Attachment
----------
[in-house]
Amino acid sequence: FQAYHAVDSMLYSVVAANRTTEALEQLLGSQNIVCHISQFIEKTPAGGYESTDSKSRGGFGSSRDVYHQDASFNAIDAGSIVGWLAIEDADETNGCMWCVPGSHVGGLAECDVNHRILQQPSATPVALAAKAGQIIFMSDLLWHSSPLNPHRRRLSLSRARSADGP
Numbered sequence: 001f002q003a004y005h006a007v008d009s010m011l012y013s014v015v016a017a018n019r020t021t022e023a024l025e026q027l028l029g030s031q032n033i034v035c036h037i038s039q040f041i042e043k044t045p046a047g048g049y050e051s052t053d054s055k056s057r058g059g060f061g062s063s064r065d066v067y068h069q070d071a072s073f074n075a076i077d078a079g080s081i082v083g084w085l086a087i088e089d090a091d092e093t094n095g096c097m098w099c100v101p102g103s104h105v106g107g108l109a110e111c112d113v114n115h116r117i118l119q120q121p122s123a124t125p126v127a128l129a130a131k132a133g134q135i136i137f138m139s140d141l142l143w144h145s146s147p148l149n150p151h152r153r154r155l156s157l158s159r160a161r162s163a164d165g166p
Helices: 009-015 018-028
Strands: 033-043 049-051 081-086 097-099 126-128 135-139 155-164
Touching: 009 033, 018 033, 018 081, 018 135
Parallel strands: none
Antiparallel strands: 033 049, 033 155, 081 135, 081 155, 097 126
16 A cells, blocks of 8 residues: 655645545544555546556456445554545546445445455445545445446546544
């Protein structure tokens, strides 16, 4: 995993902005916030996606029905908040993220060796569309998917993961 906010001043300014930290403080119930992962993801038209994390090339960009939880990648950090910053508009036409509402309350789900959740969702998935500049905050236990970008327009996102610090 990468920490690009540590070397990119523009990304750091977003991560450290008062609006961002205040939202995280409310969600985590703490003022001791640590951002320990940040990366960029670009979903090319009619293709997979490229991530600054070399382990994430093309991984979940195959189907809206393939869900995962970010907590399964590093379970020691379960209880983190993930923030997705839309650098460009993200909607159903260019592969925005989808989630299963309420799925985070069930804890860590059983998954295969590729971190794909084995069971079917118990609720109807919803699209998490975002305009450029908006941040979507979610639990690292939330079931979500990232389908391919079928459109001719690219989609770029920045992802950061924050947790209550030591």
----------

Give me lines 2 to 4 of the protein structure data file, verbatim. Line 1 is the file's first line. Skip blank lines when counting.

Amino acid sequence: FQAYHAVDSMLYSVVAANRTTEALEQLLGSQNIVCHISQFIEKTPAGGYESTDSKSRGGFGSSRDVYHQDASFNAIDAGSIVGWLAIEDADETNGCMWCVPGSHVGGLAECDVNHRILQQPSATPVALAAKAGQIIFMSDLLWHSSPLNPHRRRLSLSRARSADGP
Numbered sequence: 001f002q003a004y005h006a007v008d009s010m011l012y013s014v015v016a017a018n019r020t021t022e023a024l025e026q027l028l029g030s031q032n033i034v035c036h037i038s039q040f041i042e043k044t045p046a047g048g049y050e051s052t053d054s055k056s057r058g059g060f061g062s063s064r065d066v067y068h069q070d071a072s073f074n075a076i077d078a079g080s081i082v083g084w085l086a087i088e089d090a091d092e093t094n095g096c097m098w099c100v101p102g103s104h105v106g107g108l109a110e111c112d113v114n115h116r117i118l119q120q121p122s123a124t125p126v127a128l129a130a131k132a133g134q135i136i137f138m139s140d141l142l143w144h145s146s147p148l149n150p151h152r153r154r155l156s157l158s159r160a161r162s163a164d165g166p
Helices: 009-015 018-028